It was only when the union became a legitimate organization, fully recognized by the companies and governments, that careerism began to raise its ugly head. It was only then that division and struggle for power began. What careerist would want to risk his fortune, even his neck, in the early union activities, which were of necessity, often clandestine in nature?

Out of the whole left entourage, I interviewed only two who were a disappointment. One was an old Mine-Mill activist and union builder in Sudbury, Jock Turner. The other was a long-time union builder in Timmins, Joe Corliss. Both had been members of the Communist Party; both were too modest to talk about themselves, insisting the labour movement was the thing and they played out minor roles!

The true story of the founding of the union in the Sudbury nickel industry can only be told by the two protagonists in the struggle – the company and the democratic coalition of workers. It was a confrontation that challenged the divine right of autocratic rule. It was a struggle between the masses and the mining barons.

The balanced view, of course, must come form the mouths of the main actors, not the bit players who presume to speak with authority.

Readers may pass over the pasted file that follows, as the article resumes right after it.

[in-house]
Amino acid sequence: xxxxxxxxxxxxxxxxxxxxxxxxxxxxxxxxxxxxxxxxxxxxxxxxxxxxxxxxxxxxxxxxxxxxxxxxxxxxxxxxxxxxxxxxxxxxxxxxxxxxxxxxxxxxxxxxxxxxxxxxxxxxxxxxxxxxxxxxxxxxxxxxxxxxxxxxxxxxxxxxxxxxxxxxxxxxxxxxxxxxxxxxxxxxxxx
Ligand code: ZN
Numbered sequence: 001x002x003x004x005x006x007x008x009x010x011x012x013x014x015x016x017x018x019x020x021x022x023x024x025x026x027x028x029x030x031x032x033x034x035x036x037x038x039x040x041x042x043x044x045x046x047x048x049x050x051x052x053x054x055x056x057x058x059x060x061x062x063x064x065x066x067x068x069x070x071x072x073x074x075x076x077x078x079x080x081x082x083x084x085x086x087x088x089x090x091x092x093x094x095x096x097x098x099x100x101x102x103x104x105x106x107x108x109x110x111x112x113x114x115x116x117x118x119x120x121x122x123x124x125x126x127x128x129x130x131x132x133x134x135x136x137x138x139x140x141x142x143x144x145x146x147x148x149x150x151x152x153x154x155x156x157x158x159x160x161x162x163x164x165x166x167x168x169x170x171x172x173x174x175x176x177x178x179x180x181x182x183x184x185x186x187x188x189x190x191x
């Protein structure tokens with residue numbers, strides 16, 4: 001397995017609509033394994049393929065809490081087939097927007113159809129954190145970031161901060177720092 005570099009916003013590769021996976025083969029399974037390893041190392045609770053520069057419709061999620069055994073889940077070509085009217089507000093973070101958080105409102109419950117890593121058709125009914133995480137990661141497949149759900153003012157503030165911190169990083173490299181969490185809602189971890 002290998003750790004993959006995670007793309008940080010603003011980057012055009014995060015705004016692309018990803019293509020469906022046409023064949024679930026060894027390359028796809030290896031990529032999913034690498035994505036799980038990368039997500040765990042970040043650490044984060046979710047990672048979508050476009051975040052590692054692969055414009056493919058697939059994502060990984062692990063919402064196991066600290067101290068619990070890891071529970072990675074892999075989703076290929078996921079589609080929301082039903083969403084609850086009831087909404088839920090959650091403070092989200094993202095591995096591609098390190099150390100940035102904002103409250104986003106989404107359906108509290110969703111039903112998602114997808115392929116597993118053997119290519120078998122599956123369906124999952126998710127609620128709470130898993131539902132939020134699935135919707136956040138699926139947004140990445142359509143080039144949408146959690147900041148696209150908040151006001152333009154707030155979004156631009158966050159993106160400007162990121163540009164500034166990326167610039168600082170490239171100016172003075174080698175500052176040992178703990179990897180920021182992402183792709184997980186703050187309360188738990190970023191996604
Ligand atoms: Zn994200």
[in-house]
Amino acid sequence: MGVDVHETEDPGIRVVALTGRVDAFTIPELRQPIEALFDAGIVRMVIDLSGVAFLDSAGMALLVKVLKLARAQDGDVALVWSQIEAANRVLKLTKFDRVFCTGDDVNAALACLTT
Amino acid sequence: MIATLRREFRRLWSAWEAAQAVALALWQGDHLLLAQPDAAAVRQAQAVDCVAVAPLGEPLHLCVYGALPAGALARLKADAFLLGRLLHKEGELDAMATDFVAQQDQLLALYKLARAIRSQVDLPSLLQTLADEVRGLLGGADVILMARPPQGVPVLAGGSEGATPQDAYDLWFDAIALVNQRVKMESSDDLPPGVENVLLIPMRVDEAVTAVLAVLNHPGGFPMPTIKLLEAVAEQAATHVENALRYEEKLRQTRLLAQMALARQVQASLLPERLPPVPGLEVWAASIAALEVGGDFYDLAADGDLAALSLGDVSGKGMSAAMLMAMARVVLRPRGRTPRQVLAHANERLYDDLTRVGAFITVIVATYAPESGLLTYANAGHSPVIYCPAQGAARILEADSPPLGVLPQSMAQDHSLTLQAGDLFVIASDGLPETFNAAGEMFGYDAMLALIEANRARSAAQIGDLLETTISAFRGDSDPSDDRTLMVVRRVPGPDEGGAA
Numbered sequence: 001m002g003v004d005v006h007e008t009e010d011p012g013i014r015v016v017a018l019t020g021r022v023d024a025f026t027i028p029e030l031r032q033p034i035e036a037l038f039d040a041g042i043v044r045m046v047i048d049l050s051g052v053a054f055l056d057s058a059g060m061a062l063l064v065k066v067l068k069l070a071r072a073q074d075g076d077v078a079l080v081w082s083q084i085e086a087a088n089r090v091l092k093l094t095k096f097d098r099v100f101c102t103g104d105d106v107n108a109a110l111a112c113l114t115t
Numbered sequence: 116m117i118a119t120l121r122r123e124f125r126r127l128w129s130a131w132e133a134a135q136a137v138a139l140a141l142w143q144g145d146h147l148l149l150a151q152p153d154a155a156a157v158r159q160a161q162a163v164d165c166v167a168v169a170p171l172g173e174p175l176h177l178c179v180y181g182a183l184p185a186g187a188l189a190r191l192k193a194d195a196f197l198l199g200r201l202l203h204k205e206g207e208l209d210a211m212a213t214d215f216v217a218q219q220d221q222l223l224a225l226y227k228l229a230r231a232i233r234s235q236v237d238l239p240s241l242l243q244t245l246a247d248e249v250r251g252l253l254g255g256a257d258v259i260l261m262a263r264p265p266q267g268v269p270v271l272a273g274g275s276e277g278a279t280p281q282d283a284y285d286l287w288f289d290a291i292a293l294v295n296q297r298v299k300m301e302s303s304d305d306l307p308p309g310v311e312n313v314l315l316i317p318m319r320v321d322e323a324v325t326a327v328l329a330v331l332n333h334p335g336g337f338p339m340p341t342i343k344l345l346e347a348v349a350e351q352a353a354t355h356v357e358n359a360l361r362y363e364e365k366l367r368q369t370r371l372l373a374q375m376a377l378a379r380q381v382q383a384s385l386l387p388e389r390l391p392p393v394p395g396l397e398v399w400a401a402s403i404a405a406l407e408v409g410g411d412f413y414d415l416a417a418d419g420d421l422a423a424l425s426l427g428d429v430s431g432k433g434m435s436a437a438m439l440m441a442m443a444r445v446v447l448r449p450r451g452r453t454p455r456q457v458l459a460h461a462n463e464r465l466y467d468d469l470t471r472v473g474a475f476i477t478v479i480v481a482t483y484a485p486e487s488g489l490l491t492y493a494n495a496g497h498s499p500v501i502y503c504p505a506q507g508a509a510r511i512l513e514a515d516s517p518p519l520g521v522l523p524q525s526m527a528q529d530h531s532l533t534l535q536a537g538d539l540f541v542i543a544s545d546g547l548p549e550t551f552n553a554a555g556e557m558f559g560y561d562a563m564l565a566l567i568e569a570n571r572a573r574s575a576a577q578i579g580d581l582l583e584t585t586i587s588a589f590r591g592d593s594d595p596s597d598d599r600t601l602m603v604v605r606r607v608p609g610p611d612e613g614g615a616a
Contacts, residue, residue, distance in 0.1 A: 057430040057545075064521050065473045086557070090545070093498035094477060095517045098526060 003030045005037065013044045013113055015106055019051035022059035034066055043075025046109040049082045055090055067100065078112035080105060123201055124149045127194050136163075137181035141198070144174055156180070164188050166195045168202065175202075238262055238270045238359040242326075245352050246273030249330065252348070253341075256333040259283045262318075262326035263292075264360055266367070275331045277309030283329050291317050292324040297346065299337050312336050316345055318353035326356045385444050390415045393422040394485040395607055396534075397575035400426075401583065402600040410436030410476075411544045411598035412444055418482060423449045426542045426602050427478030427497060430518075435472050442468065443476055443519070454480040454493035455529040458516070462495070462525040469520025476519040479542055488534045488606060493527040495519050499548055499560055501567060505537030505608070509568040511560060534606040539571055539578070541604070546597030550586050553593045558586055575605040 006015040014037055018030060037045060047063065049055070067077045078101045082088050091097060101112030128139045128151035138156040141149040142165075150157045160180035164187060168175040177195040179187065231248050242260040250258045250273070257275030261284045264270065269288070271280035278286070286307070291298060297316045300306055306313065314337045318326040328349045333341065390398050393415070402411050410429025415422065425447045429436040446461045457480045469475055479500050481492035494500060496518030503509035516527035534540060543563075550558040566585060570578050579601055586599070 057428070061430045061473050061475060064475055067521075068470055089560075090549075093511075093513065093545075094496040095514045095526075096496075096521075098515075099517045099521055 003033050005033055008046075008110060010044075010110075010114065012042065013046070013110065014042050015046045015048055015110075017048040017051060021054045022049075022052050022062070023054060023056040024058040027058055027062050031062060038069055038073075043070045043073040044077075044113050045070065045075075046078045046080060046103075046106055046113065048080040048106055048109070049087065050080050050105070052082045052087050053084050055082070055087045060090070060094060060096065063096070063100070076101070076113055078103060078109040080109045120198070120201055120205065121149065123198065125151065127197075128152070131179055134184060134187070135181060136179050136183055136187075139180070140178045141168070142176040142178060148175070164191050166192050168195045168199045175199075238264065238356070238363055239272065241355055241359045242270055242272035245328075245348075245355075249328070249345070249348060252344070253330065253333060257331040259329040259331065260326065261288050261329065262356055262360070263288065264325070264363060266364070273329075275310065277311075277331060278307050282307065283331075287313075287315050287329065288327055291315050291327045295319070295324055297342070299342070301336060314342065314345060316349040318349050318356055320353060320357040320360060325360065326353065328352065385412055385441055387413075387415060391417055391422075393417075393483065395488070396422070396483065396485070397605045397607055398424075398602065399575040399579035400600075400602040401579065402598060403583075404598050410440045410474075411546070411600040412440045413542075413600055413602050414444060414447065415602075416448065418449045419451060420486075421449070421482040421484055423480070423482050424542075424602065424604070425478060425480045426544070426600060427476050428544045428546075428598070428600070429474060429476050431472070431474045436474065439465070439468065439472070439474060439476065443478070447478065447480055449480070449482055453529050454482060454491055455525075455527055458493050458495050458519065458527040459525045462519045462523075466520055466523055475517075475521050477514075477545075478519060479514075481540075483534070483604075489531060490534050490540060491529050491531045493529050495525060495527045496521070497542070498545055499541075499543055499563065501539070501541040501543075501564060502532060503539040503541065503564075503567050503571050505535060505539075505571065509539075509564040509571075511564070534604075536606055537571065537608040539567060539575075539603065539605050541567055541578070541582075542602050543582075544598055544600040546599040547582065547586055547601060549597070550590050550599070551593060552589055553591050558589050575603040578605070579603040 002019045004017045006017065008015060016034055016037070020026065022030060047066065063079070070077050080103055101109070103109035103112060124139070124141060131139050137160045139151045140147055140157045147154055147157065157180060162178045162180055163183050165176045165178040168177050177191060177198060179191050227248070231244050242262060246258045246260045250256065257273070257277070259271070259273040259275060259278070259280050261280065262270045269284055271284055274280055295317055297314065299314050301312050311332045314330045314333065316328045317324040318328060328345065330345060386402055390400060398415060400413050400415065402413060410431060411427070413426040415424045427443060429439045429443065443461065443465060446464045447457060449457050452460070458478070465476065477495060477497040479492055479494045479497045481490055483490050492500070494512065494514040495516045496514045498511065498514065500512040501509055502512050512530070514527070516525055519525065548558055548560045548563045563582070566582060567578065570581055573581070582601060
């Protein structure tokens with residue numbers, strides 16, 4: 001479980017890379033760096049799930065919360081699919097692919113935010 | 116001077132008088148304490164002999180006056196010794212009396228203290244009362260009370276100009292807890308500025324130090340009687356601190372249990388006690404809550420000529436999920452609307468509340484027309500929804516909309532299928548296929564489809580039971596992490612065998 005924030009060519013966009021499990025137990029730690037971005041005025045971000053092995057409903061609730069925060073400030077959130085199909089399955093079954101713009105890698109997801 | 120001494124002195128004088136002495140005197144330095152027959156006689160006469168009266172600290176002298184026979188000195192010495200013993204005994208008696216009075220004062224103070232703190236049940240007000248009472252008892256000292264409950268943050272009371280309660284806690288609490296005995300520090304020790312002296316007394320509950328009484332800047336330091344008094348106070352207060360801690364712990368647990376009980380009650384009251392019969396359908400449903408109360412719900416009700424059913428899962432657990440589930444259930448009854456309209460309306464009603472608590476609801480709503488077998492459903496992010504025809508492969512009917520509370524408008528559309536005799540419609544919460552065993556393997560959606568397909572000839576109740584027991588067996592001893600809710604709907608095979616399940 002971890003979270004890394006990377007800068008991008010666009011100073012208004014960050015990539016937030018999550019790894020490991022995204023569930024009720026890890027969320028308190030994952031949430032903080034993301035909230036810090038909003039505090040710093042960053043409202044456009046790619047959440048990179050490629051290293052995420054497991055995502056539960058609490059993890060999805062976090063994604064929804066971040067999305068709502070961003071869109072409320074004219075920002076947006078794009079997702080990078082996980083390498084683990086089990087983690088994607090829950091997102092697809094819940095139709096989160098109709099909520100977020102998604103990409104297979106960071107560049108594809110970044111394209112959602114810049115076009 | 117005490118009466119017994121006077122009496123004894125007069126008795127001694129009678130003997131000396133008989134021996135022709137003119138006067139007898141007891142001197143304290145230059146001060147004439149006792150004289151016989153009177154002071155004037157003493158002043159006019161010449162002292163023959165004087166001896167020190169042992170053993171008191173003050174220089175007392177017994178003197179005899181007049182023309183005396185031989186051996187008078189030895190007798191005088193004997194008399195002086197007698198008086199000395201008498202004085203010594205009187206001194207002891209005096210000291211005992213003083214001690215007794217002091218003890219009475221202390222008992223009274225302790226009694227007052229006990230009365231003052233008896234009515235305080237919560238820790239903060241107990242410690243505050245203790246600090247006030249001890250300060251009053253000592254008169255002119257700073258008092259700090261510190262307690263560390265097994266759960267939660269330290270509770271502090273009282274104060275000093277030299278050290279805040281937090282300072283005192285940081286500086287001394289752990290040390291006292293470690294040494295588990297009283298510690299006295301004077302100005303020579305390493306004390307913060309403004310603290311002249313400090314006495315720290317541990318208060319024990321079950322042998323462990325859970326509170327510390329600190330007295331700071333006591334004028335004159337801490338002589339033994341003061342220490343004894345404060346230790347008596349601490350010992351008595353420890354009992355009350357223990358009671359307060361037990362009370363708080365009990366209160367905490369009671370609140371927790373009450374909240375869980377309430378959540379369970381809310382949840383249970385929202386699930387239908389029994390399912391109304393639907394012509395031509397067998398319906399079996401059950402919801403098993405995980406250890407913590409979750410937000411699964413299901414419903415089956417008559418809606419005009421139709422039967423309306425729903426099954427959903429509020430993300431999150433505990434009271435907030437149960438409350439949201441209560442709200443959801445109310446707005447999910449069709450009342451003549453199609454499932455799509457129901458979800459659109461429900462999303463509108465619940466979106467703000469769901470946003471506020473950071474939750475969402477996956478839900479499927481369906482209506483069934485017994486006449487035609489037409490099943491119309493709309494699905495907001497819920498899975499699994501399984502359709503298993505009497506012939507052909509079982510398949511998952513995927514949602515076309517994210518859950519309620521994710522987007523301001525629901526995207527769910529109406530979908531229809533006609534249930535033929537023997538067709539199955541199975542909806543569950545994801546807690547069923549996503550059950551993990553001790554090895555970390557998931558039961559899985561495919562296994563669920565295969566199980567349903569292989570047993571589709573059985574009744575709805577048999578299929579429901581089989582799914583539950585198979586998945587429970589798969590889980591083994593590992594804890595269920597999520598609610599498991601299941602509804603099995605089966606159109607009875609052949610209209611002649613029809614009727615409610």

The workers were not led by middle-of-the-road compromisers. They were inspired and rallied by left-thinking activist. Only they can lay legitimate claim to a true labour view of events. For that view we have to go to them.

I make no pretensions of being unbiased. Others will have to tell management’s story, if they be sufficiently bold and sympathetic. I seek only to discover the union side. Theat is a task of some dimensions because of distortions and distractions by interpreters of labour history who have a right-wing labour ideological axe to grind. In my opinion, they represent the status quo, not progressive social change.

Most labour historians conceded that Mine-Mill was the most democratically constituted of all the unions in North America. It was not only a rank-and-file oriented union, but actually had a federated structure, with real power residing in the local unions. For example, in Sudbury the collective agreements were between the companies and the local, not the international union.

During the cold war, which officially began with Churchill’s Fulton, Missouri speech in 1946, one of the main targets of the U.S. State Department was the Mine-Mill Union. The most popular explanation for this is that the U.S. Government could not stand for a union in the basic metals industry that was communist-led. That may be partly true but I am inclined to view that it was the democratic structure of Mine-Mill that had to go. It was much easier to wheel and deal with a centralized union such as the Steelworkers, under the leadership of the like of Wavy Davy MacDonald.